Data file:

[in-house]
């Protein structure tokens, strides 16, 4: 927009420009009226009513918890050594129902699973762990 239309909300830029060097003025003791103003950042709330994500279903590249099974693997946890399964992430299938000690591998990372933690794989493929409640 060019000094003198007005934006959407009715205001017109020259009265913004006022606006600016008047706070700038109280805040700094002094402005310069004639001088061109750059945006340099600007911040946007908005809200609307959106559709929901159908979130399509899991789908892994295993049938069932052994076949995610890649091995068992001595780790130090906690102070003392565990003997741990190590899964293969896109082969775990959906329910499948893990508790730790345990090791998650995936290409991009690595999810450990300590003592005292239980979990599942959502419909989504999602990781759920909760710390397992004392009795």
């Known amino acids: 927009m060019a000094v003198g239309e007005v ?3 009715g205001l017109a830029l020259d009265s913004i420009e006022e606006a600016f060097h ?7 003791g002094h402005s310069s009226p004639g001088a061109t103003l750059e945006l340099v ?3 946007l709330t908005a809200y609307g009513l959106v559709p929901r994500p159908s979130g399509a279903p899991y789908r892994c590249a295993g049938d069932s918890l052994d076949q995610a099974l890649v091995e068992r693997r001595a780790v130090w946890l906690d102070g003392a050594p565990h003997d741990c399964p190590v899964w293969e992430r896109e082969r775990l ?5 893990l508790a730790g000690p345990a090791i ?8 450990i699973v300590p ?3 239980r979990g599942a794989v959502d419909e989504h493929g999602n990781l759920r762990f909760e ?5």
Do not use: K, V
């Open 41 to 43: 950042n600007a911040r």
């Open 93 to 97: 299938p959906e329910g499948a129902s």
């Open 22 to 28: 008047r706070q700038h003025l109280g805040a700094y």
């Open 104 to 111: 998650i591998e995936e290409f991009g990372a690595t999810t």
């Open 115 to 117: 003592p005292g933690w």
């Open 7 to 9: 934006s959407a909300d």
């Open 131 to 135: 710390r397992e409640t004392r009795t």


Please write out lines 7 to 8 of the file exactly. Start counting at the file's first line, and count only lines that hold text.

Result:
């Open 22 to 28: 008047r706070q700038h003025l109280g805040a700094y």
């Open 104 to 111: 998650i591998e995936e290409f991009g990372a690595t999810t």